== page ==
Why Your Brand Promise Must Be Specific – by Christopher Ryan


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In my book, articles and presentations, I often talk about the importance of a specific, compelling and differentiated Brand Promise to achieve success in B2B marketing and sales.  And although it is a B2C example, I think the following illustrates the point perfectly.   

It is almost guaranteed if you spend any time on Colorado highways you will experience one or more windshield chips. And if you don’t have them repaired, they can sometimes expand to massive cracks, and then you need a new windshield.  Last Sunday, while driving home from a fantastic hike in the foothills (what non-Coloradans would call mountains), I received such a chip.  Okay, time to get it fixed.  Since I don’t have a favorite chip repairer, I did what you would expect and googled the term: “windshield chip repair Colorado Springs.”  The results came back in three general categories:

  1. General automotive services companies that also happen to do chip repair.
  2. Windshield replacement and repair companies.
  3. Windshield chip and crack repair companies.

This is a good example of broad, medium and narrow branding.  I chose a company from category 3 called Bob’s Windshield Repair.  Their brand promise: “We come to you to fix chips, dings and cracks up to 14 inches in length.”  Simple, direct and exactly what I was looking for. It also helped that the company was in the first page of search rankings and the site linked to an article about the company where the owner (Bob of course) talked about how he had repaired over 5,000 windshields in just three years.  Obviously, in this case, there is good money in being specific.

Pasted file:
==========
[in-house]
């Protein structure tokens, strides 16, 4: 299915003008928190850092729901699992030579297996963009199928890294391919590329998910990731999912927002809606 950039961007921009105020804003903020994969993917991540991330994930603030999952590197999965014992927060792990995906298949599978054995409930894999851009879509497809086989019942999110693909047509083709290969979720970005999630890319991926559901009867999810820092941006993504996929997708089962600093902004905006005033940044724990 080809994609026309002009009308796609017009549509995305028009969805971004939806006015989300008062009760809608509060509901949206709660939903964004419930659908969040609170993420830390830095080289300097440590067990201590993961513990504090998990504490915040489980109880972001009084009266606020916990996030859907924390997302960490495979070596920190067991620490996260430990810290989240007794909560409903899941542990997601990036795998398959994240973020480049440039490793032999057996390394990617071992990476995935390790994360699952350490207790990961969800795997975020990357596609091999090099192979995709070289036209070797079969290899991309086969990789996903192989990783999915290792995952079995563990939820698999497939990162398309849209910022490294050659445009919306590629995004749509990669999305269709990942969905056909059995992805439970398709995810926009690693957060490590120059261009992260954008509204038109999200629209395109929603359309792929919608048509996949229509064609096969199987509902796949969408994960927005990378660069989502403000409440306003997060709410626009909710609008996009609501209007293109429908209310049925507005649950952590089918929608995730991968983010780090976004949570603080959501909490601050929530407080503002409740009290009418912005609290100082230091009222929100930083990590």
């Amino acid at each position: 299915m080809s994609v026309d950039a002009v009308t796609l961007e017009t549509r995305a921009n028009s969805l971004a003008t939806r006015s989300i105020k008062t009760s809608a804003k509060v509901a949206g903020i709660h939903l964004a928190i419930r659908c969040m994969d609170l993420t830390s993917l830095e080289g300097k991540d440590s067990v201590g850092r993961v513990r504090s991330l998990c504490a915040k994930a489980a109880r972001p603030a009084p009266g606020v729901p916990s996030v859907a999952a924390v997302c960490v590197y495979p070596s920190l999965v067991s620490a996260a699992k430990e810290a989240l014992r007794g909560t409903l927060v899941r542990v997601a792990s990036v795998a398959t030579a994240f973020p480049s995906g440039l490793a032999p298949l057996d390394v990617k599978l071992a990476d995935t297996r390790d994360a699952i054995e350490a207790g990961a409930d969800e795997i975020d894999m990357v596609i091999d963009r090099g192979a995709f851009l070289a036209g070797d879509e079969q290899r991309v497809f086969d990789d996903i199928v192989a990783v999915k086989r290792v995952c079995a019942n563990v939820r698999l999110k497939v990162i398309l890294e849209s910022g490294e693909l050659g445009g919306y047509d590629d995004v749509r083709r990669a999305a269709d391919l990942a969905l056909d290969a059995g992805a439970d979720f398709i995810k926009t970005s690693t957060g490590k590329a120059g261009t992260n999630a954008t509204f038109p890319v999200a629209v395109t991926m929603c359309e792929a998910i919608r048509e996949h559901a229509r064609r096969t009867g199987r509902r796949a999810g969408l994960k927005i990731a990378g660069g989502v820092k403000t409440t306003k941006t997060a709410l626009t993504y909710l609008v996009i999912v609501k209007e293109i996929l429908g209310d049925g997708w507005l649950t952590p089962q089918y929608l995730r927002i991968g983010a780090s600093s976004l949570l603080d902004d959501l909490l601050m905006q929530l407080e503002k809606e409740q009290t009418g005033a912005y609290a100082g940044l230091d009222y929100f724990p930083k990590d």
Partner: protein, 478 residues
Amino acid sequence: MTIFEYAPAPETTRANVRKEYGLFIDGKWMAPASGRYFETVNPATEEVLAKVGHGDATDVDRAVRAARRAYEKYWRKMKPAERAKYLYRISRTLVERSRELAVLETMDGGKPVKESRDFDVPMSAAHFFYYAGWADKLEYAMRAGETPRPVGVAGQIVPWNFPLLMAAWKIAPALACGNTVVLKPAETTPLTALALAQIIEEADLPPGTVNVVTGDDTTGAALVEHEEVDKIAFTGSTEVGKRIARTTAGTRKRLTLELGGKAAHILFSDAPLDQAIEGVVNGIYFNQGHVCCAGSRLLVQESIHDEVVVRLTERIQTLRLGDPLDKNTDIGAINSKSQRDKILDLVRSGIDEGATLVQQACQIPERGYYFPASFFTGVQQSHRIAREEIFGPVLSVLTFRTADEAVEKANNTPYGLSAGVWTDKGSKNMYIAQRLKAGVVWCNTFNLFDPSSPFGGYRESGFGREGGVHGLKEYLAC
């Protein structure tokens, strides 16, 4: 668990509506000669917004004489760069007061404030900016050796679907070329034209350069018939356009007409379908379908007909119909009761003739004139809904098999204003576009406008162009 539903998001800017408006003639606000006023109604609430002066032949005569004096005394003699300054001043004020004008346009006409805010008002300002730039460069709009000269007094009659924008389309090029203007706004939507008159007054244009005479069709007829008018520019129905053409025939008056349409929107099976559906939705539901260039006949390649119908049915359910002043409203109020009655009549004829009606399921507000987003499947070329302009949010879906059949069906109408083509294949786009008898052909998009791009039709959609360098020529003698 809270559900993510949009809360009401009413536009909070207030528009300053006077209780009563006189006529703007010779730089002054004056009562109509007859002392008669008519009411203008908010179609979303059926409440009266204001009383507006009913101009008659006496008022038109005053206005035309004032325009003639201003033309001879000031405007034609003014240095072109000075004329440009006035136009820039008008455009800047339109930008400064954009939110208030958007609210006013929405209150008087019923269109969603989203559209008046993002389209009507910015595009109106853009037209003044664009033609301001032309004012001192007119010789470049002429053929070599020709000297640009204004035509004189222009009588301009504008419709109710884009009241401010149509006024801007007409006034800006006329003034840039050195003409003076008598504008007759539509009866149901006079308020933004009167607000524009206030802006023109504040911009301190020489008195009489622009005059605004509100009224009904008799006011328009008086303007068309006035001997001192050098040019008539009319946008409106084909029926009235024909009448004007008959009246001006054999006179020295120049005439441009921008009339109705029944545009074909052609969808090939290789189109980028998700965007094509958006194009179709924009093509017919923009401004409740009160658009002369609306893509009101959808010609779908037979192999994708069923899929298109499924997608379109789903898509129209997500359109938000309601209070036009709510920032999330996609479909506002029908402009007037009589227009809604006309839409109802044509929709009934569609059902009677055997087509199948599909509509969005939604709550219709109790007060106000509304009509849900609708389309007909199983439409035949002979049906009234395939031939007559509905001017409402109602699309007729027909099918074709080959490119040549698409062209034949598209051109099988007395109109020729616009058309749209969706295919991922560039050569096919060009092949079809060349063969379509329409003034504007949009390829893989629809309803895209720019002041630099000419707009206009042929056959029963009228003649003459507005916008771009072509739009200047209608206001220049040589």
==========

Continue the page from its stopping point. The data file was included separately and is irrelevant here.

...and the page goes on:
If you are a small company competing with industry giants, niche marketing may be your only path to success.  In a hypothetical B2B marketing example, your branding (moving from broad to narrow) can be designed to appeal to 1. Buyers of general business productivity software.  2. Buyers of business accounting software.  3. Buyers of retail accounting software.  If your prospects are retailers, which of the three brand promises are going to have the most appeal? Most often, it will be the one that is most specific to their needs. 

However (and this is an important point), keep in mind that when you define your brand narrowly, you not only define what you are but you define everything you are not.  This means that you will not attract anyone who is not in your market niche.  Most of the time this is a good thing because you can achieve much higher close rates and shorten the sales cycle by being more specific.  But to make this work, you must be targeting a market that is large enough to support your value proposition.  

The formula for success in B2B marketing is not easy, but it is simple.  First, pick a brand promise that articulates a unique and compelling value proposition (also known as unique selling proposition).  Second, rank high in the Google and other search terms for your chosen niche.  Third, present a powerful offer that gives prospects a reason to engage with you right now. 

We have a white paper that goes into the subject of branding an positioning in much greater detail – Branding Paper.

Republished with author's permission from original post.

Christopher Ryan
Christopher Ryan is CEO of Fusion Marketing Partners, a B2B marketing consulting firm and interim/fractional CMO. He blogs at Great B2B Marketing and you can follow him at Google+. Chris has 25 years of marketing, technology, and senior management experience. As a marketing executive and services provider, Chris has created and executed numerous programs that build market awareness, drive lead generation and increase revenue.


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